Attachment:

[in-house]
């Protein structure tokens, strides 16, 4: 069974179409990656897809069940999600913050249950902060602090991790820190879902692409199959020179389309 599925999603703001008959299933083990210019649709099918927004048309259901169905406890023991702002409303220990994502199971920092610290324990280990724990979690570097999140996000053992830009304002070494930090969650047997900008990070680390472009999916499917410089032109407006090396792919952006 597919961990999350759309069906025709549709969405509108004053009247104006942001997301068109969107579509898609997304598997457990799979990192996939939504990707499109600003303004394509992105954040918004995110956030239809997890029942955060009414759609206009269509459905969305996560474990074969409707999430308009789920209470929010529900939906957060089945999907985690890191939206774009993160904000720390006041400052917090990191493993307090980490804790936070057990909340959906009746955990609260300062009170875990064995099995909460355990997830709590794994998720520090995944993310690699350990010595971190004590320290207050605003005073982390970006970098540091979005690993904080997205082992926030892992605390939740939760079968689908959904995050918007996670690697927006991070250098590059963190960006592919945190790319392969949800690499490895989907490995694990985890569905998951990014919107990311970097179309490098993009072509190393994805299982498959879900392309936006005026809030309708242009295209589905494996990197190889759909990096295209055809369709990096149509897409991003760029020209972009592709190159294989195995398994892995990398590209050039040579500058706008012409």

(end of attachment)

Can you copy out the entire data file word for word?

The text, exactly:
[in-house]
């Protein structure tokens, strides 16, 4: 069974179409990656897809069940999600913050249950902060602090991790820190879902692409199959020179389309 599925999603703001008959299933083990210019649709099918927004048309259901169905406890023991702002409303220990994502199971920092610290324990280990724990979690570097999140996000053992830009304002070494930090969650047997900008990070680390472009999916499917410089032109407006090396792919952006 597919961990999350759309069906025709549709969405509108004053009247104006942001997301068109969107579509898609997304598997457990799979990192996939939504990707499109600003303004394509992105954040918004995110956030239809997890029942955060009414759609206009269509459905969305996560474990074969409707999430308009789920209470929010529900939906957060089945999907985690890191939206774009993160904000720390006041400052917090990191493993307090980490804790936070057990909340959906009746955990609260300062009170875990064995099995909460355990997830709590794994998720520090995944993310690699350990010595971190004590320290207050605003005073982390970006970098540091979005690993904080997205082992926030892992605390939740939760079968689908959904995050918007996670690697927006991070250098590059963190960006592919945190790319392969949800690499490895989907490995694990985890569905998951990014919107990311970097179309490098993009072509190393994805299982498959879900392309936006005026809030309708242009295209589905494996990197190889759909990096295209055809369709990096149509897409991003760029020209972009592709190159294989195995398994892995990398590209050039040579500058706008012409």